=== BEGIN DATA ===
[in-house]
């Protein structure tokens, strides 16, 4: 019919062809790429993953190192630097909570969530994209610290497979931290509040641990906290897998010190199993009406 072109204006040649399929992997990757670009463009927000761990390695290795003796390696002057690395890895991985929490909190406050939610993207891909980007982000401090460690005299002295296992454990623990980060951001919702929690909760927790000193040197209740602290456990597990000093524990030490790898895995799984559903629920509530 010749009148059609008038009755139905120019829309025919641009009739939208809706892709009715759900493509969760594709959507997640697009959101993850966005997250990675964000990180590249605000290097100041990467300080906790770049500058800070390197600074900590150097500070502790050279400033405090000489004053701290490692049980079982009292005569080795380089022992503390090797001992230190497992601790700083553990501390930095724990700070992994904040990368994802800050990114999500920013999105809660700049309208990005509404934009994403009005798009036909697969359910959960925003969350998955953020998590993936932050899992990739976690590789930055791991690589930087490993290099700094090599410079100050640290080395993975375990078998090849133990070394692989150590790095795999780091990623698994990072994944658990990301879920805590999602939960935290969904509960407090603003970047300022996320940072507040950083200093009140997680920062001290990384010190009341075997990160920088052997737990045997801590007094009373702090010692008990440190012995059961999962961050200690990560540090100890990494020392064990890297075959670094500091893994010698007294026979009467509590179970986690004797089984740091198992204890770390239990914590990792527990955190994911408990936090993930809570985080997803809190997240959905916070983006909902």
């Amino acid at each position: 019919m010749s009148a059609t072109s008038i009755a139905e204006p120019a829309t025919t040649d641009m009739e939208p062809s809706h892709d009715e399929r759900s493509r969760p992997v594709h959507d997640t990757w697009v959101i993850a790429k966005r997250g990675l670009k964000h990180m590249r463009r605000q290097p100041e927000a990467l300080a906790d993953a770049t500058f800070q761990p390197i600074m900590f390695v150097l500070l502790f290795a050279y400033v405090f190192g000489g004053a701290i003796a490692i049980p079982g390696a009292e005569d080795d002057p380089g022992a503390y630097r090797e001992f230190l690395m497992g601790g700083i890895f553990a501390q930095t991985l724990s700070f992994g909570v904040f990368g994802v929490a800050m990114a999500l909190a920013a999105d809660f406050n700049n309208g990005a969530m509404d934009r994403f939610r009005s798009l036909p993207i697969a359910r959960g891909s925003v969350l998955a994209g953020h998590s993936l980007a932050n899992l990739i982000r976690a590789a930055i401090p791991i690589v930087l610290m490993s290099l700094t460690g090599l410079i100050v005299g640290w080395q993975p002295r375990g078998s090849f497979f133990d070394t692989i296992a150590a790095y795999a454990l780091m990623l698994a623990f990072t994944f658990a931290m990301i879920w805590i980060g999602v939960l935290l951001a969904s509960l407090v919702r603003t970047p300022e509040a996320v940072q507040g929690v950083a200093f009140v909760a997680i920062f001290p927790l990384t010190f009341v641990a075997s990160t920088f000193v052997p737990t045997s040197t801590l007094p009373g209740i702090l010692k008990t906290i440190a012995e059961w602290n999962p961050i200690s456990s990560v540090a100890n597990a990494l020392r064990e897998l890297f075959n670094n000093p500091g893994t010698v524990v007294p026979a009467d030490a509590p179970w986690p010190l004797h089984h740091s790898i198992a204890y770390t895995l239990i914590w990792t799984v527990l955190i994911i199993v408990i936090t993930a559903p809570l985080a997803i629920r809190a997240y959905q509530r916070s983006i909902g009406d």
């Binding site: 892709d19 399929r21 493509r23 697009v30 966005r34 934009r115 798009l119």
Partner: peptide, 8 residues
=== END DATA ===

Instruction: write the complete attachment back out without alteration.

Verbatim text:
[in-house]
């Protein structure tokens, strides 16, 4: 019919062809790429993953190192630097909570969530994209610290497979931290509040641990906290897998010190199993009406 072109204006040649399929992997990757670009463009927000761990390695290795003796390696002057690395890895991985929490909190406050939610993207891909980007982000401090460690005299002295296992454990623990980060951001919702929690909760927790000193040197209740602290456990597990000093524990030490790898895995799984559903629920509530 010749009148059609008038009755139905120019829309025919641009009739939208809706892709009715759900493509969760594709959507997640697009959101993850966005997250990675964000990180590249605000290097100041990467300080906790770049500058800070390197600074900590150097500070502790050279400033405090000489004053701290490692049980079982009292005569080795380089022992503390090797001992230190497992601790700083553990501390930095724990700070992994904040990368994802800050990114999500920013999105809660700049309208990005509404934009994403009005798009036909697969359910959960925003969350998955953020998590993936932050899992990739976690590789930055791991690589930087490993290099700094090599410079100050640290080395993975375990078998090849133990070394692989150590790095795999780091990623698994990072994944658990990301879920805590999602939960935290969904509960407090603003970047300022996320940072507040950083200093009140997680920062001290990384010190009341075997990160920088052997737990045997801590007094009373702090010692008990440190012995059961999962961050200690990560540090100890990494020392064990890297075959670094500091893994010698007294026979009467509590179970986690004797089984740091198992204890770390239990914590990792527990955190994911408990936090993930809570985080997803809190997240959905916070983006909902």
């Amino acid at each position: 019919m010749s009148a059609t072109s008038i009755a139905e204006p120019a829309t025919t040649d641009m009739e939208p062809s809706h892709d009715e399929r759900s493509r969760p992997v594709h959507d997640t990757w697009v959101i993850a790429k966005r997250g990675l670009k964000h990180m590249r463009r605000q290097p100041e927000a990467l300080a906790d993953a770049t500058f800070q761990p390197i600074m900590f390695v150097l500070l502790f290795a050279y400033v405090f190192g000489g004053a701290i003796a490692i049980p079982g390696a009292e005569d080795d002057p380089g022992a503390y630097r090797e001992f230190l690395m497992g601790g700083i890895f553990a501390q930095t991985l724990s700070f992994g909570v904040f990368g994802v929490a800050m990114a999500l909190a920013a999105d809660f406050n700049n309208g990005a969530m509404d934009r994403f939610r009005s798009l036909p993207i697969a359910r959960g891909s925003v969350l998955a994209g953020h998590s993936l980007a932050n899992l990739i982000r976690a590789a930055i401090p791991i690589v930087l610290m490993s290099l700094t460690g090599l410079i100050v005299g640290w080395q993975p002295r375990g078998s090849f497979f133990d070394t692989i296992a150590a790095y795999a454990l780091m990623l698994a623990f990072t994944f658990a931290m990301i879920w805590i980060g999602v939960l935290l951001a969904s509960l407090v919702r603003t970047p300022e509040a996320v940072q507040g929690v950083a200093f009140v909760a997680i920062f001290p927790l990384t010190f009341v641990a075997s990160t920088f000193v052997p737990t045997s040197t801590l007094p009373g209740i702090l010692k008990t906290i440190a012995e059961w602290n999962p961050i200690s456990s990560v540090a100890n597990a990494l020392r064990e897998l890297f075959n670094n000093p500091g893994t010698v524990v007294p026979a009467d030490a509590p179970w986690p010190l004797h089984h740091s790898i198992a204890y770390t895995l239990i914590w990792t799984v527990l955190i994911i199993v408990i936090t993930a559903p809570l985080a997803i629920r809190a997240y959905q509530r916070s983006i909902g009406d």
């Binding site: 892709d19 399929r21 493509r23 697009v30 966005r34 934009r115 798009l119």
Partner: peptide, 8 residues